Poultry 101: Becoming a grower

Poultry 101: Becoming a grower

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Editor’s note: Midwest Messenger Correspondent Barb Bierman Batie has 52 years’ experience with raising poultry, starting on her parents’ farm in Northeast Nebraska as age 10. She has hosted workshops on raising and showing poultry for local 4-H clubs and taught a beginning poultry course at her area community college learning center. 

With the COVID-19 pandemic keeping the country sequestered under stay-at-home orders, there has been a sudden surge in poultry orders, note a number of hatcheries and feed stores. Because of a rush for economical protein, there is a heightened interest in raising backyard chickens to ensure a reliable source of eggs.

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Others with small acreages or backyard space are looking at using poultry as a type of live biology project for their youngsters needing homeschool activities. Keeping a small flock can be enjoyable, as long as one considers the basics of adequate, safe, secure housing; keeping the chicken house or shed clean, and keeping an ample supply of feed and water at hand.

When considering immersion in Poultry 101, the newbie poultry grower must first decide what type of birds to buy. Are you going to be raising chickens solely for eggs, just for meat, or for dual purpose? Just as there is a difference between dairy and beef cattle, there is a difference between birds bred for meat and those designed to lay eggs.

Any number of books and magazines geared toward novice poultry-raising are available to order online or pickup at local farm and feed stores. There are also online websites to help you decide what breeds will best serve your chicken ranching goals. Just be sure this is something you and your family are committed to, because those cute, fluffy baby chicks go through a series of awkward stages before they are fully feathered and egg-producing birds.

There are any number of hybrids that produce a steady stream of eggs. While there is virtually no difference in quality between brown and white eggs, it boils down to personal preference. The same goes for meat breeds. While some prefer the traditional white broilers, raised specifically to reach maturity in as little as five weeks, others prefer slower growing breeds that will reach meat maturity between seven and 12 weeks. Still others look for dual purpose breeds that can be used both for eggs and later meat.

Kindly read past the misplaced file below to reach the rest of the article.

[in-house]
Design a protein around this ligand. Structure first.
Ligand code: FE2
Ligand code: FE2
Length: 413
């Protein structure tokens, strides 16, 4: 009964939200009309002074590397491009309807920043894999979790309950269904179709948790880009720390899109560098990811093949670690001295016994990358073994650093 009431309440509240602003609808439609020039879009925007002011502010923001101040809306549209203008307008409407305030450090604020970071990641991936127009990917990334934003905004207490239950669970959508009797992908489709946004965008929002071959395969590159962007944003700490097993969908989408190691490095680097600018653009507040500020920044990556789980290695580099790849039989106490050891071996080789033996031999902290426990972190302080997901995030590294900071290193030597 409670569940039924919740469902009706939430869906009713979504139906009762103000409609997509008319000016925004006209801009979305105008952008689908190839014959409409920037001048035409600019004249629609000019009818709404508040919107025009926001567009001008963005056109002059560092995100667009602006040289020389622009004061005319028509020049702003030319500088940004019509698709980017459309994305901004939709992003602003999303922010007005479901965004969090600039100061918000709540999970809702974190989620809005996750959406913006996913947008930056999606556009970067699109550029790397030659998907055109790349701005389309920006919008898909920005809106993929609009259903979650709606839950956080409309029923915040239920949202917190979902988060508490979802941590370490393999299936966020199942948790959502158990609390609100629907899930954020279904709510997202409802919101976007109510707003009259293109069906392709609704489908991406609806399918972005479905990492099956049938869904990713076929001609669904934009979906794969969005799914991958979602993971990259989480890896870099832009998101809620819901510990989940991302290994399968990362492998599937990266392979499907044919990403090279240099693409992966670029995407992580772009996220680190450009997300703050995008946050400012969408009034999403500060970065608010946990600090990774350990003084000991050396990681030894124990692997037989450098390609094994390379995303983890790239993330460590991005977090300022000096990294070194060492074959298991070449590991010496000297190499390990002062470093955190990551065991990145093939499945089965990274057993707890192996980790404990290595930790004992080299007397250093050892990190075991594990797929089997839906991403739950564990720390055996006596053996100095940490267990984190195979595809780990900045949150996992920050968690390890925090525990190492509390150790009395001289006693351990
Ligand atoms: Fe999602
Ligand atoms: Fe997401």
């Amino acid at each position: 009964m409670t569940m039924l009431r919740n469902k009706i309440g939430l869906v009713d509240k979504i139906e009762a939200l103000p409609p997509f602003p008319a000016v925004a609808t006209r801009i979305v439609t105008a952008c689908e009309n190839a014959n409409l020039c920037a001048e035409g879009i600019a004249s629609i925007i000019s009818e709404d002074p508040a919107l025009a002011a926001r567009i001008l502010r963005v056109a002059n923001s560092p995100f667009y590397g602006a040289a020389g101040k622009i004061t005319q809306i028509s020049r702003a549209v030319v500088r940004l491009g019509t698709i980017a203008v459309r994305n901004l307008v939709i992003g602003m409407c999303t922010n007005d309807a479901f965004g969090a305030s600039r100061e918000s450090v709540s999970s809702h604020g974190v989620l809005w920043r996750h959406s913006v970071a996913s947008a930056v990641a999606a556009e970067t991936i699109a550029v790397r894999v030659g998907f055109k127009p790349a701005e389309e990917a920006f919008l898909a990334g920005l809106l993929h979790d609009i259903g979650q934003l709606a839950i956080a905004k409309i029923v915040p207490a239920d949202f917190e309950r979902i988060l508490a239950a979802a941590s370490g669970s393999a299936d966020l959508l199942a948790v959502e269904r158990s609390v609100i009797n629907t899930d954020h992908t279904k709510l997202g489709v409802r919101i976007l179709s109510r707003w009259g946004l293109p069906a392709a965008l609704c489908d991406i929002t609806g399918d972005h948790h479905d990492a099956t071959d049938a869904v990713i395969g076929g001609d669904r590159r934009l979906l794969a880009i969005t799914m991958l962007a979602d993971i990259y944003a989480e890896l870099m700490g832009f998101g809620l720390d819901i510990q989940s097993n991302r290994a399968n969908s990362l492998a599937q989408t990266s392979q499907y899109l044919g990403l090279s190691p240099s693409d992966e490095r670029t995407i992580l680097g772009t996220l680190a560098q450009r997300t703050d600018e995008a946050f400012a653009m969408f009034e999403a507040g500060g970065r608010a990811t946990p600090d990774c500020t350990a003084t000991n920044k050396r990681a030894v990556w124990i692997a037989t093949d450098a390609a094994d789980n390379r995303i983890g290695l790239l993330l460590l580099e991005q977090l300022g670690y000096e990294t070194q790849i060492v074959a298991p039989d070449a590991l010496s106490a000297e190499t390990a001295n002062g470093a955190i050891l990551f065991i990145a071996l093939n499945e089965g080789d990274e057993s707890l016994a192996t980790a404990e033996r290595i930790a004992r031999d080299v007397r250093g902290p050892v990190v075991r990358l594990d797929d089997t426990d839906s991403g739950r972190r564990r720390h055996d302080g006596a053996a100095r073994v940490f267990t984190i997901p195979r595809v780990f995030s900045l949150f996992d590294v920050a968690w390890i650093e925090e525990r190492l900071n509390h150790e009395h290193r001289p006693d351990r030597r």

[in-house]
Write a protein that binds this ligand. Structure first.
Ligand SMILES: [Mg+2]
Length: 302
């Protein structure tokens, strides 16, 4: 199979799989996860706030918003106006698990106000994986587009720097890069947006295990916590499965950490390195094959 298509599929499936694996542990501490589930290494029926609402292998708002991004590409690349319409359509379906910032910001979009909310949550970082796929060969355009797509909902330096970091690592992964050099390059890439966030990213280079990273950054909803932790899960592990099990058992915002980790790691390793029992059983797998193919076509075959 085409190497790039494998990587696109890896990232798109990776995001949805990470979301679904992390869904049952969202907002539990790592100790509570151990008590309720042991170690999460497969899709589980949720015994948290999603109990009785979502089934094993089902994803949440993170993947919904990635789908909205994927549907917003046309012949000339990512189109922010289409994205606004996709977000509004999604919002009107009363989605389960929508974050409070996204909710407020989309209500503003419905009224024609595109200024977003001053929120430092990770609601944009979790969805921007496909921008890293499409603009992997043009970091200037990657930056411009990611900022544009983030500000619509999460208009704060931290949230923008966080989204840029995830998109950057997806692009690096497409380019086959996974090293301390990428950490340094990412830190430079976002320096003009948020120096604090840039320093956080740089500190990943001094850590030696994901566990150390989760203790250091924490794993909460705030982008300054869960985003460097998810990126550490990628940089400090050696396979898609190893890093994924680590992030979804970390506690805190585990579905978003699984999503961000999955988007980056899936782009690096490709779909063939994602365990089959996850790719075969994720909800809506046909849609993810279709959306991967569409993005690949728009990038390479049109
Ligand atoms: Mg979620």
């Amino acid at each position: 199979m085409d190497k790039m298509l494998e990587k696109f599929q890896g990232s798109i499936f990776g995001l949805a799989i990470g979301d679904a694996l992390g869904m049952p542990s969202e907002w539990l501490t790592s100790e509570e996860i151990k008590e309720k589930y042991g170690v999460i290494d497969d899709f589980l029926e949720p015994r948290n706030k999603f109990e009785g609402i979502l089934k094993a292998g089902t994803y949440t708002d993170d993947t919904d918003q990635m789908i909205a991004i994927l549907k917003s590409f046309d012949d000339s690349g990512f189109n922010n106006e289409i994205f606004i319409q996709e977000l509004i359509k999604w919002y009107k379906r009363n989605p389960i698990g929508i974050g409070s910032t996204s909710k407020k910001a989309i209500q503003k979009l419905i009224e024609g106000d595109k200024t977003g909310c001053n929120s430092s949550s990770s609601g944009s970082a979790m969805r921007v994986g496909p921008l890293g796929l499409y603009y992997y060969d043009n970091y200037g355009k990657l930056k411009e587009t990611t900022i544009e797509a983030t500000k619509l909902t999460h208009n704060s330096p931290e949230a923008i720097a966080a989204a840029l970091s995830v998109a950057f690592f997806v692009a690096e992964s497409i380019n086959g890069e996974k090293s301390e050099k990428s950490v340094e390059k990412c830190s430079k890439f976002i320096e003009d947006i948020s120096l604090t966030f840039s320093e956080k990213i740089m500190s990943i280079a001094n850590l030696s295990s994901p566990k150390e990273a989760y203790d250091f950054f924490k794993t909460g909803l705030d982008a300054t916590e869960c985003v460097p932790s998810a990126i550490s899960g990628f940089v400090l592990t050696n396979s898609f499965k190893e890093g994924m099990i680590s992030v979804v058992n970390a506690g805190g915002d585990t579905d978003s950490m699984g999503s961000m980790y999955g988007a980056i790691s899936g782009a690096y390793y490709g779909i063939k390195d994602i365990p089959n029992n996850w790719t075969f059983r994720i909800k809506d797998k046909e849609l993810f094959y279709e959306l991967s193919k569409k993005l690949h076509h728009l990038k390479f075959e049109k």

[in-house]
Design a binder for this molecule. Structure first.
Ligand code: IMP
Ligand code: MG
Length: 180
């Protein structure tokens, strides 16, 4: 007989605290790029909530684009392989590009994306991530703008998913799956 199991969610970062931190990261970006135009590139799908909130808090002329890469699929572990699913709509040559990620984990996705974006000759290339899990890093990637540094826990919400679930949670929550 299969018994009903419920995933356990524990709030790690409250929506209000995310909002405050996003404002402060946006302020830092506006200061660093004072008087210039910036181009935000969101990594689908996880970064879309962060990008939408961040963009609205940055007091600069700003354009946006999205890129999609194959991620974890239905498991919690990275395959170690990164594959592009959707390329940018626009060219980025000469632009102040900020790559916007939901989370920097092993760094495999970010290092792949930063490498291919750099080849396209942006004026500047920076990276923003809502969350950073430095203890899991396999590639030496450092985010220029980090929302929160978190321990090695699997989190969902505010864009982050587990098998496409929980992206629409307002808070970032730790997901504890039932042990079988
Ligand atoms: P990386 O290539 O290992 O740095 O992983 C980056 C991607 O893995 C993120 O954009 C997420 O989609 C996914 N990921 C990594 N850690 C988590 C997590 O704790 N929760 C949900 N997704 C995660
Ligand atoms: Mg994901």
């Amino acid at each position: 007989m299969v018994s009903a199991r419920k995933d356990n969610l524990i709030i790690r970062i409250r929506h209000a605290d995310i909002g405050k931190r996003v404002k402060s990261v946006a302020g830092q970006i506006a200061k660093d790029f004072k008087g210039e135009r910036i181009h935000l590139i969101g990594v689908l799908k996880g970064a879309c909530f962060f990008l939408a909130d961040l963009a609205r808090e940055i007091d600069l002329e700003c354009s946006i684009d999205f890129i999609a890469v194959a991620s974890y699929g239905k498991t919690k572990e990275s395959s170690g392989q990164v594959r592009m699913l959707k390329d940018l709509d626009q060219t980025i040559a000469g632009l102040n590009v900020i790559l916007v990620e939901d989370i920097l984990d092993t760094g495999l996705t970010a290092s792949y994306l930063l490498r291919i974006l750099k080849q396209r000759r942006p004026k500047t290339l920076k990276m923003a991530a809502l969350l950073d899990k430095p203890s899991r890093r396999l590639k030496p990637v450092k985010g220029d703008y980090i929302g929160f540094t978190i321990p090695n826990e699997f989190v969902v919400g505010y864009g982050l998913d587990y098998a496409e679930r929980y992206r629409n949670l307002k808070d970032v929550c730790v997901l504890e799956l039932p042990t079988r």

If your goal is strictly to raise egg layers, purchase only female chicks. Roosters are of no use in a layer flock. However, if you want birds for meat, straight run chicks are more economical and those females you receive can be kept for egg-laying.

In years gone by, hatcheries were found in nearly every major town, but now many states don’t even have one. So for those living far away from a hatchery who don’t want to hatch their own eggs, there is an option. They can mail-order their chicks and have them shipped via the U.S. Postal Service (USPS).

Chicks have been a staple of springtime mail deliveries for a century due to a quirk of Mother Nature. While a chick is incubating within the egg, it feeds on the nutrient-dense yolk inside. As part of the hatching process, the baby chick ingests a bit of reserve yolk that is left. This is a natural survival feature that ensures the baby has enough energy for several days before finding food, giving hatcheries a 72-hour window for shipping chicks. As long as they’re mailed immediately after they’re hatched, they can survive the journey without needing food or water.

The USPS is still the only mail service that allows the shipping of live chicks, as well as day-old ducks, emus, geese, guinea fowl, partridges, pheasants, quail, and turkeys. Hatcheries do a great job of letting customers know what day they ship and what day to expect arrival at the post office.